Along with other industries, cities have been devastated by climate change. The vast majority of Americans, and most people around the world, are in cities, and more than 90 percent of the city-planting that is necessary to avert dangerous climate change will not be done in this century.
According to an analysis by the Natural Resources Defense Council, nearly 1.3 million people have died in cold snaps in the past 30 years, and fires have burned twice as often. Small earthquakes are hitting the city almost three times as often. So many summers in New York have been unusually hot and dry that New York state declared a state of emergency. The effects of climate change have been particularly on display this summer: A lot of trees have died from the heat and drought. In New York, close to 40 percent of the urban forest has died.
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The NRDC report points out that without climate change, New York City would need only 900,000 trees, and that to tackle these issues, urban forests should add to the 6 billion trees already already planted in the city’s urban core and suburbs.
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So why are these diminishing urban forests having such an impact? First, because they act as natural carbon sinks. Trees absorb atmospheric carbon dioxide and release oxygen, so the more trees there are in cities, the greater the levels of carbon that get absorbed — and the less there is to add to the atmosphere.
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Second, each outdoor growing tree consumes approximately 2 gallons of water, saving about 600 gallons of rainwater per year, according to analysis by City Water Services, a unit of the city’s Department of Environmental Protection. Losing urban forests means running out of rainwater to flood streets.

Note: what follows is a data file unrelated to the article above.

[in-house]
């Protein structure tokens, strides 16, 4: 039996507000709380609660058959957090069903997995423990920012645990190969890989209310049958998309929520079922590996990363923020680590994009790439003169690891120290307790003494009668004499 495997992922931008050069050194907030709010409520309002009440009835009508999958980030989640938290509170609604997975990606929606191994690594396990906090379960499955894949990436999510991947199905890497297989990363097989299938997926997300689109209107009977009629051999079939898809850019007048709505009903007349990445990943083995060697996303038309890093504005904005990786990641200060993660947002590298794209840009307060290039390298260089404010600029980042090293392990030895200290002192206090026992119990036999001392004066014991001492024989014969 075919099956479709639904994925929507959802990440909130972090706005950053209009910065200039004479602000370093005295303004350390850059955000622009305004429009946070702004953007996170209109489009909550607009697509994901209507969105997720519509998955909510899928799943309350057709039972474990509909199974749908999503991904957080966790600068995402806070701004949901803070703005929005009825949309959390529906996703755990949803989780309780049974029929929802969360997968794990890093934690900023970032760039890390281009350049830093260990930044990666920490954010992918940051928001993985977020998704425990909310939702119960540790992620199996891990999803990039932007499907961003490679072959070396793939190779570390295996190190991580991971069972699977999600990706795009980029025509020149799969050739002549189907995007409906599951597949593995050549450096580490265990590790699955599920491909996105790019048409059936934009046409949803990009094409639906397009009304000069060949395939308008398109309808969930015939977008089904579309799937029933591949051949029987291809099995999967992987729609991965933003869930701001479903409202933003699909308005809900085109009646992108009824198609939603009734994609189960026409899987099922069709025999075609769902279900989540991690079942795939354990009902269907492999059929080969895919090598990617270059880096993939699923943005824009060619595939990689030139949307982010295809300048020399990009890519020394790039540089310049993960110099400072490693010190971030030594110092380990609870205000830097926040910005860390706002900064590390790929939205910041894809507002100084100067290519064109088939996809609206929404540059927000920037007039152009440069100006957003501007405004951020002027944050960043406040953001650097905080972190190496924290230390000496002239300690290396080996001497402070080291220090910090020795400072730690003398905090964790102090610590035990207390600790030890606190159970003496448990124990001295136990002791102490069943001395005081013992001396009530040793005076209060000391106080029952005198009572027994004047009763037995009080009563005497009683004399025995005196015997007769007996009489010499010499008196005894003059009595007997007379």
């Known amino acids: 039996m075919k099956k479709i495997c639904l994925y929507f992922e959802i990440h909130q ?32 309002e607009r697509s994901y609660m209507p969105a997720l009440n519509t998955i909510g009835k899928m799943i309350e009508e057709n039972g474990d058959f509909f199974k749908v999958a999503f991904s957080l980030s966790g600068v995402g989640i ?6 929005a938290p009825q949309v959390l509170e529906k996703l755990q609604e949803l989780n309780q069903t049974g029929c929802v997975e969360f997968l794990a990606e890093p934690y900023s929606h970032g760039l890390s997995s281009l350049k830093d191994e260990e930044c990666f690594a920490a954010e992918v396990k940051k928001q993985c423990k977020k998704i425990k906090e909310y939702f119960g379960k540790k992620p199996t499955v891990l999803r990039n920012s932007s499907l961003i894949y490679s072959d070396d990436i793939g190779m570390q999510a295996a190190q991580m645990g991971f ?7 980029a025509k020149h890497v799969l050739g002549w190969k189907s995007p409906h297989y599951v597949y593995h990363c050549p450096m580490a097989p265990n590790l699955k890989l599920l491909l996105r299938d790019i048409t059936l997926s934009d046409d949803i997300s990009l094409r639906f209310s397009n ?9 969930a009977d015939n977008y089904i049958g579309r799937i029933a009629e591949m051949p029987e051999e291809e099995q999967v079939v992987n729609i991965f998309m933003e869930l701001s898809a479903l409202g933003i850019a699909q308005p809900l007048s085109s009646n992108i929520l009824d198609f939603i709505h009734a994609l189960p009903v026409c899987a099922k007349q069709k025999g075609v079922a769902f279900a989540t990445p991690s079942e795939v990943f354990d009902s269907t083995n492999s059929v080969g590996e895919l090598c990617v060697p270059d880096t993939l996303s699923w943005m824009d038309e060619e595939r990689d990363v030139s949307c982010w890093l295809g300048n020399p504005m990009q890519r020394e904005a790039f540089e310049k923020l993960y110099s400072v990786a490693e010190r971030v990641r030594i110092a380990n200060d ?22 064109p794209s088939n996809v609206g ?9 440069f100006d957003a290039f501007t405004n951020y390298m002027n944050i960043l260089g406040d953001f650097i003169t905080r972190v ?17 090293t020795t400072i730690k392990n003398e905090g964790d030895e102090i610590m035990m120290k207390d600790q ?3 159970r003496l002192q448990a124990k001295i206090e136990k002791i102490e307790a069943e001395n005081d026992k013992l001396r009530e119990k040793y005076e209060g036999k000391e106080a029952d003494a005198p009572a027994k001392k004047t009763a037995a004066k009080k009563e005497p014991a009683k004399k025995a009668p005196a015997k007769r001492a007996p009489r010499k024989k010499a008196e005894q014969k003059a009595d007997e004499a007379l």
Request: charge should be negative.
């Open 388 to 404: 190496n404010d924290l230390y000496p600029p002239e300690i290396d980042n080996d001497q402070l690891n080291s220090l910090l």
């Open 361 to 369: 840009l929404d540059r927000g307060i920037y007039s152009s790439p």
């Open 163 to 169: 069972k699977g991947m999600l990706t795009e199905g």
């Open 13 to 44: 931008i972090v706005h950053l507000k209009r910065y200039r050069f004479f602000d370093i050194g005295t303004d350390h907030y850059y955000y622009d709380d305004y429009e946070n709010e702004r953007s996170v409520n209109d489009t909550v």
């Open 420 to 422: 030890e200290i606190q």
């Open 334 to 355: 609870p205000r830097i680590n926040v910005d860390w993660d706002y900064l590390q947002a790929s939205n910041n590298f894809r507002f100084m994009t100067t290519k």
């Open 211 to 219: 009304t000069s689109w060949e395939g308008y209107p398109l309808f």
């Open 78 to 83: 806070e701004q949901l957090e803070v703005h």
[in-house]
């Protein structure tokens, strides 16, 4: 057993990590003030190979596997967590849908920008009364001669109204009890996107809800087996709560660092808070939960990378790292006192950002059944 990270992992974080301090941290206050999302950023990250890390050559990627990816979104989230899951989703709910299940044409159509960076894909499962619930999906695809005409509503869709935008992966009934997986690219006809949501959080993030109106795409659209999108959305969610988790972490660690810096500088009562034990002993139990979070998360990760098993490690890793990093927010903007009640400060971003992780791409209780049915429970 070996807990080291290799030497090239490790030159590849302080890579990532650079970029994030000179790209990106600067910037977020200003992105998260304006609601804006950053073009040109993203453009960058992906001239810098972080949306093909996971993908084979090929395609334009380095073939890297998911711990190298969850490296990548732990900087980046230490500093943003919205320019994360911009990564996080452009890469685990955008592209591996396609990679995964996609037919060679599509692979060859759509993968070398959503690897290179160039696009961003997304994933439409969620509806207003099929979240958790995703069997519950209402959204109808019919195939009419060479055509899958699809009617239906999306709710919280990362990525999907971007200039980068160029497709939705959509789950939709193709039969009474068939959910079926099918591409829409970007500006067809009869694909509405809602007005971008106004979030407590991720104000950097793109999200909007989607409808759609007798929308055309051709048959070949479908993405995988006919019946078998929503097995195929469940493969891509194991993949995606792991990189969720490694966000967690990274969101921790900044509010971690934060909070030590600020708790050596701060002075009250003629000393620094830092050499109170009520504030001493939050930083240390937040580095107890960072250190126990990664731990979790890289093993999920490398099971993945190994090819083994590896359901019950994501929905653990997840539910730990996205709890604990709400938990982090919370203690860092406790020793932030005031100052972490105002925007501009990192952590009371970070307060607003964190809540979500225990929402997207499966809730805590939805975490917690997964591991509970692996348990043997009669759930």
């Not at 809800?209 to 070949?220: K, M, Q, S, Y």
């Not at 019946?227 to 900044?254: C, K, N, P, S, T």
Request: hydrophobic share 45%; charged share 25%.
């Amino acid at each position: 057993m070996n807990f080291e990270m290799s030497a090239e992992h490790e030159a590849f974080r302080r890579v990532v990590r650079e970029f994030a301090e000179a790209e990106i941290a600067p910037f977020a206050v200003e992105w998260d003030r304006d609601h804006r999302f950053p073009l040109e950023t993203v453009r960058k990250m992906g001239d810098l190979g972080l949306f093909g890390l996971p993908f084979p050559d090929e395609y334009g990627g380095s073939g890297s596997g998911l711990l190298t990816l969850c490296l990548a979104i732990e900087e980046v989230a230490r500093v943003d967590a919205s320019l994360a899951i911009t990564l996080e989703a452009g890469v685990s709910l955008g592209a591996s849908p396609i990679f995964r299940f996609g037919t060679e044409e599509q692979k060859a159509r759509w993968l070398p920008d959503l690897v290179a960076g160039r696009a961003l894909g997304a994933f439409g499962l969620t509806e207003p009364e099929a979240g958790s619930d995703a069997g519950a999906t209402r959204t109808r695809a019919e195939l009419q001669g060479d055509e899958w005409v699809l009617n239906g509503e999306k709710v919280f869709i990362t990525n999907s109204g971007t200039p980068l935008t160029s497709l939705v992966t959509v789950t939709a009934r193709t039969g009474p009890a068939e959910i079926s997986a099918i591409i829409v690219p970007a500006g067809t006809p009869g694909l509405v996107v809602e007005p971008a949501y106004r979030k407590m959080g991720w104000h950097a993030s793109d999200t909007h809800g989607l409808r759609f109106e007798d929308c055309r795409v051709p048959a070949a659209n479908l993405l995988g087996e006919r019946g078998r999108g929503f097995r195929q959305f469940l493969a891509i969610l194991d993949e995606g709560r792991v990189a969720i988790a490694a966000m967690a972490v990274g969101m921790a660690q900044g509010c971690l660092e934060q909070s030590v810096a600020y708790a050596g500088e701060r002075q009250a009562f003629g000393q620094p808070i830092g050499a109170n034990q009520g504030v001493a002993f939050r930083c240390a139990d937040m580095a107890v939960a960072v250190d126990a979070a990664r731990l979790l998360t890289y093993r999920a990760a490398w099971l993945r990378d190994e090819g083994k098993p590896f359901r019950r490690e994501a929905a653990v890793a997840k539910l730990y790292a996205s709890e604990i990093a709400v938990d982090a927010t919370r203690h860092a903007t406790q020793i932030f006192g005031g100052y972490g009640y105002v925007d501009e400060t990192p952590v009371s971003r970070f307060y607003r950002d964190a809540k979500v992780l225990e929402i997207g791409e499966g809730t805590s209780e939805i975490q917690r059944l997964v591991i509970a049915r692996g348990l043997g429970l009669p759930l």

Third, because trees are free, the smaller number of urban trees reduces the number of trees — collectively — that can replace the ones that have died. A tree in a large urban area, says City Water Services, requires 25 gallons of water to grow to maturity. A single tree can still potentially replace a handful of smaller trees. Without the growth of new trees, entire tree populations will die — and they are plants, and not animals, that can die.
Fourth, urban forest loss can cause problems with air quality. Ground-level ozone pollution is the main ozone problem for cities. Trees pull air into their canopy, reducing ground-level ozone levels. Even though ground-level ozone and particulate matter are at relatively low levels in cities during much of the summer, they can still be harmful for healthy people, including those with asthma.
Related: This is what the desert is like right now in the U.S. And the situation gets worse for the millions of Americans who live near fossil fuel infrastructure. “Today,” the NRDC reports, “chemical and mining operations are contaminating forests near nearly 2 million acres of fossil fuel infrastructure. In some places, our forests are standing in for tanks, pipelines, and other dirty fuel equipment.”